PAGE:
HJ-ED-DHJHerald Journal Columns
July 23, 2007, Herald Journal

Summertime creations


With summer comes the magical arrival of flowers, butterflies, other garden goodies, and creeping, crawling, and flying visitors.

And, of course, it’s our children who take the time to examine all of these wondrous summertime visitors.

I truly enjoy planting a garden and watching the miracle of growth, a plant emerging from the start of a little seed sown underneath the soil. Then with patience reaping the benefits and harvesting the end products.

There is nothing better than picking the fresh peas from the garden and popping the peas in your mouth (or if you are like me chomping on the pod and all) or picking that luscious red strawberry and enjoying the sweet taste with its juices running down your mouth.

What is better than enjoying the whole process with your children, from planting the seeds to reaping the harvest.

Whether it be a carrot from the vegetable garden, a raspberry from the raspberry patch, or a flower from the flower garden, all are truly miracles of growth and creation. And sharing these summertime miracles with our children makes the season even more special.

If you have a garden, allow your children in to observe the growth and finally to help harvest the end-products.

Allow your child to pick a flower and be enthralled by its beauty. Take time with your child to observe the critters that are attracted to certain plants. Whether it’s the butterflies on the catmint, Monarchs on the zinnias, white admirals on the purple coneflowers, the summertime creatures are fluttering and crawling about.

We have large patches of catmint (any type of mint plant grows and spreads quickly) in different spots in our landscaping, and our children love to watch the many butterflies, and big bumblebees too, that love the nectar.

My children also love to pick flowers from our various gardens, plants, and yes, weeds, forming a bouquet and presenting them as gifts to grandma or for the kitchen table.

Just as summer is about growth and creations, it’s also fun for children to make their own creations. Here are some versions of various flowers your children can “grow” themselves with their own creativity: They will last for years to come.

How about a yarn flower? You will need yarn (any color you want for the flowers, or you may even want to try multi-colored yarn, etc.), green cloth-covered floral wire, green floral tape and scissors.

Wrap the yarn that you want as the center around two fingers about six times, depending on the thickness of the yarn.

Wrap the yarn that you want for the petals around three or four fingers about eight times.

Bend one piece of florist wire in half. Take your yarn (with the center color on top) and place it into the U-shaped bend in the wire. Twist the wire closed to hold the yarn in place.

Trim the ends of the yarn to a length that you desire.

Gather the yarn straight up, and starting just below the flower, wrap the florist wire with the florist tape. Be sure to cover where the yarn meets the wire.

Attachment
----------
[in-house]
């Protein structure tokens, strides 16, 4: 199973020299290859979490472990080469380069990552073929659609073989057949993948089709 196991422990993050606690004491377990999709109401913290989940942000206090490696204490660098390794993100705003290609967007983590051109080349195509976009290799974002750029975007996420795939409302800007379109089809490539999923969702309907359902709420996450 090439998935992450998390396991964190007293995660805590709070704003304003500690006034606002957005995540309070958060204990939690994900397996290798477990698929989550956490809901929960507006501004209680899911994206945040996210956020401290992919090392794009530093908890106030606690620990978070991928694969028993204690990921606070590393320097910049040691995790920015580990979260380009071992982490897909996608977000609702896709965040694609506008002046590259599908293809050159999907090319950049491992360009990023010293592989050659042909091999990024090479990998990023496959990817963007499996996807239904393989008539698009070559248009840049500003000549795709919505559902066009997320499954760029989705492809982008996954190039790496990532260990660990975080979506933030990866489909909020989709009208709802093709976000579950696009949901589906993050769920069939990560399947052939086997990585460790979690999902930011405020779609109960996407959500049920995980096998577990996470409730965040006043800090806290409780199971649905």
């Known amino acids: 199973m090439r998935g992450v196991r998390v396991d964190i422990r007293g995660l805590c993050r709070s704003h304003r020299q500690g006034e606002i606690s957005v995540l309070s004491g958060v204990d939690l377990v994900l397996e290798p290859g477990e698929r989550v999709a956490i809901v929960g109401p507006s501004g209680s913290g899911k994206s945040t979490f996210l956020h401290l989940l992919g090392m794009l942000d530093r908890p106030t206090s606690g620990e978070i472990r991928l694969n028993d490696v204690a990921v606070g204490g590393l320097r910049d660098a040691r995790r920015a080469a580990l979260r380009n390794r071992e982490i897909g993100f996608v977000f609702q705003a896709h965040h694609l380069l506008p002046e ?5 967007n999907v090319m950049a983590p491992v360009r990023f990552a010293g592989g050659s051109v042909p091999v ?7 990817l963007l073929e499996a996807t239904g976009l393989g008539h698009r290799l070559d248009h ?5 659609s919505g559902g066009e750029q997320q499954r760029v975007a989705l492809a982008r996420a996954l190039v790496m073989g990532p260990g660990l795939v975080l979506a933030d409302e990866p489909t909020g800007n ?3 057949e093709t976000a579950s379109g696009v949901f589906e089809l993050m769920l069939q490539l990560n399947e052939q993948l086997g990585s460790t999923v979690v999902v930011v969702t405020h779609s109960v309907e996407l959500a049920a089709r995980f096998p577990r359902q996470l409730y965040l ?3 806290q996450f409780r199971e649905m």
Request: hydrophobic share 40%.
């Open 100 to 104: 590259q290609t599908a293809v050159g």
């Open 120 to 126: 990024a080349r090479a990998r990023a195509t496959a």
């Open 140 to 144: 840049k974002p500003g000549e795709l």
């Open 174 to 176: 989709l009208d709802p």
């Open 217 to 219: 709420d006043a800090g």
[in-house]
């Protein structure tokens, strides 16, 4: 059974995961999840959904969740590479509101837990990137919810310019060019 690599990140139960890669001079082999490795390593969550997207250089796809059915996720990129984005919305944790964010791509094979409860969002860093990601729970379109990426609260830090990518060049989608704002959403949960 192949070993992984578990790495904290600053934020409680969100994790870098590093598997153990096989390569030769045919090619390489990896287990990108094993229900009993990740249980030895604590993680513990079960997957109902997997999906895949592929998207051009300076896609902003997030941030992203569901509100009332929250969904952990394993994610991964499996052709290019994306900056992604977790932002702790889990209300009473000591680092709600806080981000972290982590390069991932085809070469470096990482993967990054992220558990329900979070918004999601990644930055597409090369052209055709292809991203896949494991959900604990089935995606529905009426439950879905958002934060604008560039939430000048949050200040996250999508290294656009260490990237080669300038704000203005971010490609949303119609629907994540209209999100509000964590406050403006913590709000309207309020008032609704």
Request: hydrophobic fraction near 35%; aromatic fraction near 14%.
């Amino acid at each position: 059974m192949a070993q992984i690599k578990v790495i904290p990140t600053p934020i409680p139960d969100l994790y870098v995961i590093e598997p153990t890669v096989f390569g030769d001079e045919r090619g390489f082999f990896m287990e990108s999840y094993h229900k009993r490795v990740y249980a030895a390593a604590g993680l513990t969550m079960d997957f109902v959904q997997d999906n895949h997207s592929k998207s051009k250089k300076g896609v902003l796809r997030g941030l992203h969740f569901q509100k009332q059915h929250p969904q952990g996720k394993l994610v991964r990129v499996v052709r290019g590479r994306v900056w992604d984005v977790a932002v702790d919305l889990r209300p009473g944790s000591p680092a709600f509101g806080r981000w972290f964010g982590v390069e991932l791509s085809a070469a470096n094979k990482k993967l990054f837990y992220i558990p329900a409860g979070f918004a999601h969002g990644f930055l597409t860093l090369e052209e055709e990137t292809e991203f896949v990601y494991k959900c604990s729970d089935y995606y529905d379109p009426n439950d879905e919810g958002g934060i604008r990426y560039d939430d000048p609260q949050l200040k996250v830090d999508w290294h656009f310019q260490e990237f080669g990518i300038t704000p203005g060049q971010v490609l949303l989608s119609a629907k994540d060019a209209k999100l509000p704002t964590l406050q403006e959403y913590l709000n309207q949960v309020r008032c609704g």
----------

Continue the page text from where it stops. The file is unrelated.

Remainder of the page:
You can also add a craft leaf or a piece of ribbon for a leaf. Tape it to secure it to the stem.

Unravel the yarn if you want to give the flower a more detailed look or just leave the yarn.

If you want big fluffy flowers, use thick fluffy yarn and wrap it around all four fingers ten or more times.

Source: Homeschool Views, www.homeschoolviews.com

Tissue paper flowers are always a delight. Layer tissue paper so you have at least three or four layers. Fold it like you would a fan (accordion-style).

Twist a pipe cleaner around the center. If desired, round both ends of the stack with scissors.

Pull the paper apart and shape like a flower. On my daughter’s most recent sleepover birthday party, the girls made these flowers in giant-size (must have used a lot of Miracle Grow). The girls used large sheets of tissue paper in various colors. The flowers turned out beautiful, and the girls loved the process.

“Family Fun Magazine” recommended making the flowers in giant form. It was giant fun.

Coffee filters, water and markers or water colors also are materials that can provide some blossoming buds.

Allow your child to decorate the coffee filters with markers, and then spray the filter with water (or just use water color paints) to make the colors blend and bleed together.

After the filter flowers have dried, pinch the center of it and wrap a pipe cleaner around it to create a flower that will never wilt. Put some together to form a bouquet.

Lastly, using egg cartons and flexible straws, tulips, daffodils or whatever type of flower your child wishes to “grow” can be created.

To make a tulip, cut an individual cup from an egg carton. Trim the edges of the cup to form four petals. If you wish, use markers to add some more color.

Start with two yellow egg cups (or just color cardboard egg carton cups). Prepare a tulip flower as described above. Trim the second cup so that the edge is even and the sides are about an inch tall.

Fit the short cup into the first cup and glue it into place. Make a small slit into the bottom of each flower and insert the end of a straw for the stem.

Source: Familyfun.com (although I have made these a few years back as well.)

It is a wonderful experience for our children to experience the growth of plants and flowers. Creating some of their own is just as worthwhile, rewarding and beautiful at that.